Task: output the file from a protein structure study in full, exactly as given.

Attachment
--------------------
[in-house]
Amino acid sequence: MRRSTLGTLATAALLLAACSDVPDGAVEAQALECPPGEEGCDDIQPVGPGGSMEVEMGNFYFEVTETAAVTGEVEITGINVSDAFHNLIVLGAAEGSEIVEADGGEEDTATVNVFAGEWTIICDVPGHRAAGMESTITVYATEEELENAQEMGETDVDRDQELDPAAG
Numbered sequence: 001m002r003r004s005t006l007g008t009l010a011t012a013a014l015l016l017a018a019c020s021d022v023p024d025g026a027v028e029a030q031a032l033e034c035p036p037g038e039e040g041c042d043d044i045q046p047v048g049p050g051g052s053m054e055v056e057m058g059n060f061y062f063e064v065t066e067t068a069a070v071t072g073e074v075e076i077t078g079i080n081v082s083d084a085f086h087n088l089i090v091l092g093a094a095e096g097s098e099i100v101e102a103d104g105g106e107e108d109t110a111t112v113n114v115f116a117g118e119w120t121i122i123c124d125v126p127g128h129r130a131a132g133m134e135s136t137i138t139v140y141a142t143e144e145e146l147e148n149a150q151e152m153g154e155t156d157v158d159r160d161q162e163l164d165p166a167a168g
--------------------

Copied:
[in-house]
Amino acid sequence: MRRSTLGTLATAALLLAACSDVPDGAVEAQALECPPGEEGCDDIQPVGPGGSMEVEMGNFYFEVTETAAVTGEVEITGINVSDAFHNLIVLGAAEGSEIVEADGGEEDTATVNVFAGEWTIICDVPGHRAAGMESTITVYATEEELENAQEMGETDVDRDQELDPAAG
Numbered sequence: 001m002r003r004s005t006l007g008t009l010a011t012a013a014l015l016l017a018a019c020s021d022v023p024d025g026a027v028e029a030q031a032l033e034c035p036p037g038e039e040g041c042d043d044i045q046p047v048g049p050g051g052s053m054e055v056e057m058g059n060f061y062f063e064v065t066e067t068a069a070v071t072g073e074v075e076i077t078g079i080n081v082s083d084a085f086h087n088l089i090v091l092g093a094a095e096g097s098e099i100v101e102a103d104g105g106e107e108d109t110a111t112v113n114v115f116a117g118e119w120t121i122i123c124d125v126p127g128h129r130a131a132g133m134e135s136t137i138t139v140y141a142t143e144e145e146l147e148n149a150q151e152m153g154e155t156d157v158d159r160d161q162e163l164d165p166a167a168g